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Ambarish Chandra is an economics professor at the University of Toronto whose research examines airlines, travel and trade. Duncan Dee is a former chief operating officer at Air Canada who was appointed by the minister of transport as the air transportation lead on the panel that reviewed the Canada Transportation Act in 2016.

Air Canada’s recent announcement that it will cut more than 15 per cent of its flights in July and August – followed by WestJet’s own “measured” reduction and reports that Montreal’s airport is contemplating reductions to both “frequencies and destinations” – is a remarkable acknowledgment that the current delays, disruptions and cancellations at airports and airlines will not end soon.

Other airlines around the world have announced significant cancellations in recent weeks, too, showing that the global airline industry could not simply be placed into suspended animation during the COVID-19 pandemic and be expected to spring back to normal, especially amid increased regulations.

As we have written previously, this situation has multiple causes, not all of which were under the control of airlines or governments around the world. It is now obvious that massive labour shortages and post-pandemic supply chain disruptions are affecting every industry, so it should not be surprising that these are affecting airlines disproportionately. The logistical complexities of modern airline travel require a seamless interplay between passengers, airlines and governments, and while the industry often takes for granted smooth operating decisions and intricately choreographed processes at every airport, problems at any one of these links have cascading effects.

For example, a delay in processing incoming passengers at one airport – caused either by a shortage of customs officers or baggage handlers – will result in missed connections for passengers and their bags, which in turn will require rebookings and greater pressure on flights to other destinations, along with increased demands on customer service agents and baggage handlers. Problems can then spiral if, for example, employees under greater pressure are more likely to call in sick, refuse overtime or quit. Owing to already thin profit margins, airports and airlines operate with very little slack even in the best of times, which is why air-transportation systems can fail during peak periods.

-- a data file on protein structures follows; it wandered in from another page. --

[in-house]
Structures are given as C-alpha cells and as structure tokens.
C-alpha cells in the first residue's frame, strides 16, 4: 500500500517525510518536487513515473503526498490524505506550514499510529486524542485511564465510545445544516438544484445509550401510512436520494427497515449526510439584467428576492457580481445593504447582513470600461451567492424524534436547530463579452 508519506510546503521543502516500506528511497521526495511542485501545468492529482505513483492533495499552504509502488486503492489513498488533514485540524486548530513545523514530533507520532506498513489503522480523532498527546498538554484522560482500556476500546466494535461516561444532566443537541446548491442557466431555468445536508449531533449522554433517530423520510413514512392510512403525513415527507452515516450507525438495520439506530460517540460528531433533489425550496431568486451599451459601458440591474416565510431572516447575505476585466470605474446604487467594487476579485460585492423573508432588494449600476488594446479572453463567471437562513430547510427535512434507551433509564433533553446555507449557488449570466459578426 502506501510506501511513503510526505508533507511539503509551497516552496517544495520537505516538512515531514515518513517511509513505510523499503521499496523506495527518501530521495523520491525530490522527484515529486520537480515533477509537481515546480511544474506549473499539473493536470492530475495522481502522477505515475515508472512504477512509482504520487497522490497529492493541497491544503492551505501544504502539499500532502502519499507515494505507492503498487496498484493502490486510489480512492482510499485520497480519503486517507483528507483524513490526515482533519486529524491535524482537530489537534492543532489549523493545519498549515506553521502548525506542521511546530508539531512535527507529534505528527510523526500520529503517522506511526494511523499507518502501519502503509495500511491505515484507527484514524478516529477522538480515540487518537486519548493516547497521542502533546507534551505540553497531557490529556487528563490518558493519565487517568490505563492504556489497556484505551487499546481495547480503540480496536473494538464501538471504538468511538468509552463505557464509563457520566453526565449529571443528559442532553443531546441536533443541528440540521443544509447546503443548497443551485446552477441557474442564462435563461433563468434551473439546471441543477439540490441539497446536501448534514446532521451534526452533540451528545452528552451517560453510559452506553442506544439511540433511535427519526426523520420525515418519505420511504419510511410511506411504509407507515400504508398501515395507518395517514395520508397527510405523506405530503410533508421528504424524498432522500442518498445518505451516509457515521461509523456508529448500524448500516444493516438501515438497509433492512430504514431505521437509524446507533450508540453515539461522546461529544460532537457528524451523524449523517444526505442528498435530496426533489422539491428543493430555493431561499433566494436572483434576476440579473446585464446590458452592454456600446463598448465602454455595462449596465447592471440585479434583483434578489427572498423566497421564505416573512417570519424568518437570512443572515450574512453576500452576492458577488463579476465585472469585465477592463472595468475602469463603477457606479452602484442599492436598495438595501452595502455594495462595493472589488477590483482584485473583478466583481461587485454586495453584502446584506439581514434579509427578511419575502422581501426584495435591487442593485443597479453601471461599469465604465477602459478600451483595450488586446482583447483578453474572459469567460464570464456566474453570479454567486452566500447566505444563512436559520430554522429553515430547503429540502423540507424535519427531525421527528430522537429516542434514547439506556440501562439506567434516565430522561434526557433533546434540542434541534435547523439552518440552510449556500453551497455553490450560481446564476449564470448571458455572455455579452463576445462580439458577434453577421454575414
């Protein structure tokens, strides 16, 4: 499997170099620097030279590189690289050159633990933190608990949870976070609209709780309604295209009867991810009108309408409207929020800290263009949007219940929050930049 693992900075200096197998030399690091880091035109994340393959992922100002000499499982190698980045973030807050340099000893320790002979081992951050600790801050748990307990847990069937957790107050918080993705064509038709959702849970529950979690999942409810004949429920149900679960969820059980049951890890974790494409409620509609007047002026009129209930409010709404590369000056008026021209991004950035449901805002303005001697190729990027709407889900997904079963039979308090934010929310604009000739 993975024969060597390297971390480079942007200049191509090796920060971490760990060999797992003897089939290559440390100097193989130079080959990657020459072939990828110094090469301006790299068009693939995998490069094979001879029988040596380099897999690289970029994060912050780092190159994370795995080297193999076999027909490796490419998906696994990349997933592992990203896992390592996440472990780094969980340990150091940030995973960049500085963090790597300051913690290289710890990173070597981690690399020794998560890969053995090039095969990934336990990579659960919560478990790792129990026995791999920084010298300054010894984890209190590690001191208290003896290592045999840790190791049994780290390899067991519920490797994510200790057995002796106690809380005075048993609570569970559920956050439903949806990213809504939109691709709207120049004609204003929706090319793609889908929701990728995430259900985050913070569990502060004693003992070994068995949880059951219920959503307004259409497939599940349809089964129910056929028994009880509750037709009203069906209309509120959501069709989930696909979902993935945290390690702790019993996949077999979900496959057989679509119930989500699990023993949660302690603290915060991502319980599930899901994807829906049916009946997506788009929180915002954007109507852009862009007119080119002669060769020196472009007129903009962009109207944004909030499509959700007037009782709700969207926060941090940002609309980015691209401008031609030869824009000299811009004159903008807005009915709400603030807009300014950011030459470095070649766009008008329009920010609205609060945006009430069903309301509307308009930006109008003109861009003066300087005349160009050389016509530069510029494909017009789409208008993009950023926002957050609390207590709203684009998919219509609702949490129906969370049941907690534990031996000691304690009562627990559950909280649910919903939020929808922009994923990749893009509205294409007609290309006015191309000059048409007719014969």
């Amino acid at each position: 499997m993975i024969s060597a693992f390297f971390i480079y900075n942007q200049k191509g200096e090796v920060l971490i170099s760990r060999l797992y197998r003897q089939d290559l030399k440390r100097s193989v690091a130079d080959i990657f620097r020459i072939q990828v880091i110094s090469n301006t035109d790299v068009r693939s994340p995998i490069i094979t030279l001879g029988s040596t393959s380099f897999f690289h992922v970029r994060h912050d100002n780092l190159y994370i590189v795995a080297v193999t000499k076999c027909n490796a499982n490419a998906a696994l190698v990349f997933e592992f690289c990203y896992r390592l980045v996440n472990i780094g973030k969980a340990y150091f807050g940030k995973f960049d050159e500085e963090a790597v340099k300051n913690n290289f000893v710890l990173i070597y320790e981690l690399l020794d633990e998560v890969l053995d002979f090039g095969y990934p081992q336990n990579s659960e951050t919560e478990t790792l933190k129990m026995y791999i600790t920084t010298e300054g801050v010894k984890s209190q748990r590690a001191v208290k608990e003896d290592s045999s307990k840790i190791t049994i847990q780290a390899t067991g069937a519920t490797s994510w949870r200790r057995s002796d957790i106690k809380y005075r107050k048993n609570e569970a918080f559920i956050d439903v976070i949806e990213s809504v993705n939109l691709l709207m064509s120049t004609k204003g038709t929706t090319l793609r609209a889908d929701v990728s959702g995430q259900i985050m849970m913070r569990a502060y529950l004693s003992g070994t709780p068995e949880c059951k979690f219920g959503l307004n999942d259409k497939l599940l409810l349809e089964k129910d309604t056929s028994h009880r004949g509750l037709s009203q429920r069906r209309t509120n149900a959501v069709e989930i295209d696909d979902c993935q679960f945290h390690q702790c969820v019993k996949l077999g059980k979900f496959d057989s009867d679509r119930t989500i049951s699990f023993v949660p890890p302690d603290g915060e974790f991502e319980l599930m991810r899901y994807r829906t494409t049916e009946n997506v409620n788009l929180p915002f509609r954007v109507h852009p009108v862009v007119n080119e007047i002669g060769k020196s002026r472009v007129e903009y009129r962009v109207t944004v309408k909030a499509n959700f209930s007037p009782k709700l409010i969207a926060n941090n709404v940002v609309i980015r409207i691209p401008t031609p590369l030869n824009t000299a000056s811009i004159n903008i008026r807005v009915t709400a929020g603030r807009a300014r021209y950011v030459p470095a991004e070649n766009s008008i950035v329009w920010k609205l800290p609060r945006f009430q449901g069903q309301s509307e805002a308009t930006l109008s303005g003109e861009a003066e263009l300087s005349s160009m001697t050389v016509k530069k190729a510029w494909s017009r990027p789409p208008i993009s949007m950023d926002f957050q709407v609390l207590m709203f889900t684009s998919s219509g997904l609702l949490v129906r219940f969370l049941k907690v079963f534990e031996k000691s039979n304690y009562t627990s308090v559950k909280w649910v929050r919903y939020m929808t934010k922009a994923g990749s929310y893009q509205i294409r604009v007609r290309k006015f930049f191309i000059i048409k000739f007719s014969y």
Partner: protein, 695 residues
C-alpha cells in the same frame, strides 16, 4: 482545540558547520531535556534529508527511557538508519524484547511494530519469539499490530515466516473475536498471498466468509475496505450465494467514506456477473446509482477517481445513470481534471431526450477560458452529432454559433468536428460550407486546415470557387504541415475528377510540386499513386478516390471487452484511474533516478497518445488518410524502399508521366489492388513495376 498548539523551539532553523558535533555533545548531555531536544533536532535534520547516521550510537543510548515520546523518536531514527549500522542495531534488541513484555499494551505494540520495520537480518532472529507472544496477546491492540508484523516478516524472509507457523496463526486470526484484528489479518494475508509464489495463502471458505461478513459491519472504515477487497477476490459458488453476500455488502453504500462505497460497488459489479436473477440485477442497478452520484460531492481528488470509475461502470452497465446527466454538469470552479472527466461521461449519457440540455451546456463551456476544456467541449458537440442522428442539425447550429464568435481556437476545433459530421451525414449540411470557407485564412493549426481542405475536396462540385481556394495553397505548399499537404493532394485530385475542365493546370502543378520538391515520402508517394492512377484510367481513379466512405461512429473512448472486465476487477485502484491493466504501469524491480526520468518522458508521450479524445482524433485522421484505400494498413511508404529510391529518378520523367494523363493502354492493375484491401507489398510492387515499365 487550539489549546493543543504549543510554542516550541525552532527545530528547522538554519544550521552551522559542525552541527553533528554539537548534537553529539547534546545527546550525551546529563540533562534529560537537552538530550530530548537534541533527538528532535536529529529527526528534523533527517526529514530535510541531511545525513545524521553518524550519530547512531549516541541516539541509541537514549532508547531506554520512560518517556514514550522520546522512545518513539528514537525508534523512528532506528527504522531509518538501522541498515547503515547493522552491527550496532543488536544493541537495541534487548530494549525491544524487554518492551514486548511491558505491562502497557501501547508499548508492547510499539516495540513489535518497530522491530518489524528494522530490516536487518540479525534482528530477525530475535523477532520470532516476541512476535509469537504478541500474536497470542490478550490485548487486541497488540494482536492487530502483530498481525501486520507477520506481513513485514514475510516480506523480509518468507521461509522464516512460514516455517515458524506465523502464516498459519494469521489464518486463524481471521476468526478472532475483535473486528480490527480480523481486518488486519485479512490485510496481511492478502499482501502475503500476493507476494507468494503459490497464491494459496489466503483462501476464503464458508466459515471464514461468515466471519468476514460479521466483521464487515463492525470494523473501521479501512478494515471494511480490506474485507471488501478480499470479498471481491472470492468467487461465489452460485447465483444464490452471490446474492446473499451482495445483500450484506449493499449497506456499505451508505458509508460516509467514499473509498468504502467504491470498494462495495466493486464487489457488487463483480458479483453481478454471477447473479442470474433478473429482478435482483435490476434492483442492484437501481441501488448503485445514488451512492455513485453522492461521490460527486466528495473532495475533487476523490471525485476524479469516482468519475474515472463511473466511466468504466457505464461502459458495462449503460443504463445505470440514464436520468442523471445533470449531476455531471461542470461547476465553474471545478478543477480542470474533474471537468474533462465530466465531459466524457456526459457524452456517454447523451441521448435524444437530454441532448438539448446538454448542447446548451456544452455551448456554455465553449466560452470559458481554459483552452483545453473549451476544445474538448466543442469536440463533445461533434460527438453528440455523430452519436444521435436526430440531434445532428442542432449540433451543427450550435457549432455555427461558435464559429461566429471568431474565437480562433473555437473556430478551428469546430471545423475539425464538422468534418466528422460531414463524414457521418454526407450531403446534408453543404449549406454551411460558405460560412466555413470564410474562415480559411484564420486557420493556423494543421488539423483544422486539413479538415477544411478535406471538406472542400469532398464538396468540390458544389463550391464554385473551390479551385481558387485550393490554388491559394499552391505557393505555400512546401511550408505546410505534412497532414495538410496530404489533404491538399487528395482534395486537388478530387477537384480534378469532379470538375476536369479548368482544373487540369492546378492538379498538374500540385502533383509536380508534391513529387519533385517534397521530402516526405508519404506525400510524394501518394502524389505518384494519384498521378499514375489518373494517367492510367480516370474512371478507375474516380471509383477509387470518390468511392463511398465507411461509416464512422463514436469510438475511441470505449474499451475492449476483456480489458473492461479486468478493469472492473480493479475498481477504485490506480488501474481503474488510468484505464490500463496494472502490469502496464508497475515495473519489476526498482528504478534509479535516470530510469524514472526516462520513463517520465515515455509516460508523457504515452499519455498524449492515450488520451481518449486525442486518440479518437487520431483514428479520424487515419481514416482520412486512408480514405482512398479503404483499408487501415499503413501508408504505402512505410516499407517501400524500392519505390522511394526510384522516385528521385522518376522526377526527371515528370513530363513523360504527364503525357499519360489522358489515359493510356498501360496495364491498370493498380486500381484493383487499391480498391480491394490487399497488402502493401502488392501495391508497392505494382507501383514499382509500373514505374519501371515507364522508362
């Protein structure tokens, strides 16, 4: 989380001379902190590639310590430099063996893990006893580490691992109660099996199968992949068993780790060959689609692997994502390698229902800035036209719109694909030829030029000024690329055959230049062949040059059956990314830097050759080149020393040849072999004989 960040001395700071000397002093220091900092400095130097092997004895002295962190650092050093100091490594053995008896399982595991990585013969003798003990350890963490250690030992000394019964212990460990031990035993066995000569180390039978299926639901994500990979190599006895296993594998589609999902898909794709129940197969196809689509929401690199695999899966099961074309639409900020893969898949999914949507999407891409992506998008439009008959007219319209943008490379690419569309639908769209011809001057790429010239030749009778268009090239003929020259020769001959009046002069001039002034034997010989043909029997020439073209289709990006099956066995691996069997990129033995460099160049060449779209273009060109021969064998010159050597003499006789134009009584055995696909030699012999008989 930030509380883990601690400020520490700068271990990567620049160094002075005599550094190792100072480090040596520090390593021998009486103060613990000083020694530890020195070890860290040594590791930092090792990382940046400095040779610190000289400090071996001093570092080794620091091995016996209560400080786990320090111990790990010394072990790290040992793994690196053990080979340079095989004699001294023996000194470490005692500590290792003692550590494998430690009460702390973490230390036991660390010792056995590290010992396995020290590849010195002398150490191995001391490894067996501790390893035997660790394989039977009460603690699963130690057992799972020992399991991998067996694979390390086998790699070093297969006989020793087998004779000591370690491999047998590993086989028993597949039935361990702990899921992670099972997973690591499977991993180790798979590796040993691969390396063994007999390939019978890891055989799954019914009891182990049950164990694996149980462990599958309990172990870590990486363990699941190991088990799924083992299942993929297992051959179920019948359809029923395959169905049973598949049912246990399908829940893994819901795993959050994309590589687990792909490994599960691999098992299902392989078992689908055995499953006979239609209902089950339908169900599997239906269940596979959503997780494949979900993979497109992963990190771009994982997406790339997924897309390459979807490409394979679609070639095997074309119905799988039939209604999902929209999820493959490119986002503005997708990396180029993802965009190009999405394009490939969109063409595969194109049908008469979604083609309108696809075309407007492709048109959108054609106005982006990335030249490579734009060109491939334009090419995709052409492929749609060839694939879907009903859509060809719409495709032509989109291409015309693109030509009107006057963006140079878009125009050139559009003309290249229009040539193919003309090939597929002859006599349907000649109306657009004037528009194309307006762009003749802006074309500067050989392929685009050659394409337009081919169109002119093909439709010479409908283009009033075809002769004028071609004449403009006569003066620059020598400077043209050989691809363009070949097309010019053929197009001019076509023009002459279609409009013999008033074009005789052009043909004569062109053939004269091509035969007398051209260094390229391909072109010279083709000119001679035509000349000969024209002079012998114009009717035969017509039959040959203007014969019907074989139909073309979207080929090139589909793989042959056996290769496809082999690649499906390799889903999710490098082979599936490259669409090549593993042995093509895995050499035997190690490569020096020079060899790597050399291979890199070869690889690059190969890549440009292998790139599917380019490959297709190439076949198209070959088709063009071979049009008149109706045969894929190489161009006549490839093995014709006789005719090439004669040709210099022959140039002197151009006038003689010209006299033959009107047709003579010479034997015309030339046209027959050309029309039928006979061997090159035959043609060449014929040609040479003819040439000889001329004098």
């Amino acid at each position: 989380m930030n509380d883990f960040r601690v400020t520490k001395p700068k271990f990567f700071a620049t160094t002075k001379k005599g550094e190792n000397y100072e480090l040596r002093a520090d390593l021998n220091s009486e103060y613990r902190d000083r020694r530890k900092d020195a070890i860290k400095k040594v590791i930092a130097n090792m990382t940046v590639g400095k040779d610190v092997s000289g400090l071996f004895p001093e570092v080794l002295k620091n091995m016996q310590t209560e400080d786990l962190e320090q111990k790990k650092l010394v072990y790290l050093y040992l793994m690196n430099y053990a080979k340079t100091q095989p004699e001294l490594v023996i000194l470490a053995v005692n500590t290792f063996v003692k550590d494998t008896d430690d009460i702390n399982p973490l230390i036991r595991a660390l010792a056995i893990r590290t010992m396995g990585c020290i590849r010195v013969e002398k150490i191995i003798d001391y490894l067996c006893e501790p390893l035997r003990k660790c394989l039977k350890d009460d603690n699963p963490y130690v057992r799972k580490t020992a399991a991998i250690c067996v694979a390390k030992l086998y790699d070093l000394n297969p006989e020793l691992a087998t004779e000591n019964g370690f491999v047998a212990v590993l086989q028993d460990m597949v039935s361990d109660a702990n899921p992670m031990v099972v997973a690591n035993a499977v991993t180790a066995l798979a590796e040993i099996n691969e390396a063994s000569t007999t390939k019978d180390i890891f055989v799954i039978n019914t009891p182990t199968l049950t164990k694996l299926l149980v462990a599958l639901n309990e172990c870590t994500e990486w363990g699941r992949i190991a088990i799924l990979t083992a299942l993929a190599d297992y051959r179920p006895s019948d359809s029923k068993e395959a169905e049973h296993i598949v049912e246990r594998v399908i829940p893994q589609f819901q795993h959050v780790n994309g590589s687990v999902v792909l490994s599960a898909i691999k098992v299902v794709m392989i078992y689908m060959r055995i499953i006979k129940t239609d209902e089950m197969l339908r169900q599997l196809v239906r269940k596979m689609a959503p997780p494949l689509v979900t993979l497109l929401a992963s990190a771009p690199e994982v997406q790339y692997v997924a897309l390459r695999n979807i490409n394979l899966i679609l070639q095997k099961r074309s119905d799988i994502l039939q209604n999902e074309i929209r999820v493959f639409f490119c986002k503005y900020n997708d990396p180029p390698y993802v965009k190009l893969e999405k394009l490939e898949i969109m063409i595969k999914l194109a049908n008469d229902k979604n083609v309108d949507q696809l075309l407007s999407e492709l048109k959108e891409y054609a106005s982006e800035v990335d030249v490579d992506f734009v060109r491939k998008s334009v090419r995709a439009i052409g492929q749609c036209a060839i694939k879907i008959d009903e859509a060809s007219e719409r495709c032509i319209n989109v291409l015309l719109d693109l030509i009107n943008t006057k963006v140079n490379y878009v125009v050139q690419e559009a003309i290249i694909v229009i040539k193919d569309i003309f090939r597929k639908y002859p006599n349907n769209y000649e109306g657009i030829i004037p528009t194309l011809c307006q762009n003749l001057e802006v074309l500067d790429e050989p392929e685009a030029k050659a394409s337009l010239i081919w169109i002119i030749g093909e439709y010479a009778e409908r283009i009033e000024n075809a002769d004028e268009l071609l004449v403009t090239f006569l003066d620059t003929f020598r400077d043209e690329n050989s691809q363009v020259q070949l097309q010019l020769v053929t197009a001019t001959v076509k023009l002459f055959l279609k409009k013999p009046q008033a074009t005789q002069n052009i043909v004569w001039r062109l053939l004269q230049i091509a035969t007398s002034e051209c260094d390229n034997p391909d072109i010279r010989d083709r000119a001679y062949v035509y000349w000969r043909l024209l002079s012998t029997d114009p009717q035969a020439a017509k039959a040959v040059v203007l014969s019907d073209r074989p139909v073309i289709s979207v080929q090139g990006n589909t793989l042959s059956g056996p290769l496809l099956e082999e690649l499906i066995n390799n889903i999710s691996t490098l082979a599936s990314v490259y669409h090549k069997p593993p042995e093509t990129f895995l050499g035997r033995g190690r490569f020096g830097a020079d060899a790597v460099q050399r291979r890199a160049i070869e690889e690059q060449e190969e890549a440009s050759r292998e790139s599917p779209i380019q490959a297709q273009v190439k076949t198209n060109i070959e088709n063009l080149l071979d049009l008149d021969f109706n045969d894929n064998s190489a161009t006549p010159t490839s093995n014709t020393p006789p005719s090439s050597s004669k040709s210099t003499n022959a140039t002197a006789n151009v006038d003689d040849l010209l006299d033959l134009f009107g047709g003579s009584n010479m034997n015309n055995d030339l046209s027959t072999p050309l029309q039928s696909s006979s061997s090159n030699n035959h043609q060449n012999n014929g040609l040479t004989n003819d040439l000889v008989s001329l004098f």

It is apparent that both airlines and governments underestimated the desire of travellers to resume normal travel, and neither one was prescient enough to hire more staff in anticipation. For example, while Air Canada retained 97 per cent of its pre-pandemic workforce to operate 80 per cent of its pre-pandemic schedule, that buffer was clearly insufficient given the tremendous delays caused by government service failures. Meanwhile, the unprecedented delays plaguing passport offices highlight another way in which Canada’s government was apparently caught unprepared for the resumption of travel.

It remains baffling that the government is not now moving faster to eliminate bureaucratic procedures. Canada was one of the last countries in the world to drop vaccination and mandatory testing requirements for passengers, but the ArriveCan screening app remains in force, as does the random testing of international arriving travellers. The Canadian Air Transport Security Authority also continues to insist on arcane screening procedures such as requiring liquids to be placed in special plastic bags, processing flight crews the same way as regular passengers, and refusing to implement a trusted traveller program for pre-board passenger screening.

Given these continuing issues, Air Canada and WestJet appear to have calculated that it is better to rip off the Band-Aid and announce large-scale, proactive cancellations now, rather than endure a steady drip of airport horror stories and subject passengers to the frustrations caused by last-minute cancellations.

Although the news of these cancellations is dramatic, it is unlikely to negatively affect Air Canada or WestJet’s brand in the long term, given that airlines and airports are struggling worldwide. In fact, now that these announcements are behind them, the airlines have demonstrated that they are prepared to do their part to ease the strain on the air transportation system. It’s now up to other partners – most importantly governments – to do their share.

For passengers, though, promises of better days ahead are of little consolation when long-planned vacations have been irredeemably altered. Some Canadians who have already booked travel will face cancellations and forced itinerary changes. Those yet to book will see fewer flight options and potentially higher fares. Given the seasonality of Canadian air travel, things will likely improve after Labour Day and slowly return to normal, but with the Thanksgiving and Christmas travel rushes soon after, the next major strain on an already stressed air transportation system will be just around the corner. Airlines, airports and governments would be wise to learn lessons now to work more effectively together for smoother travel in the months and years ahead.

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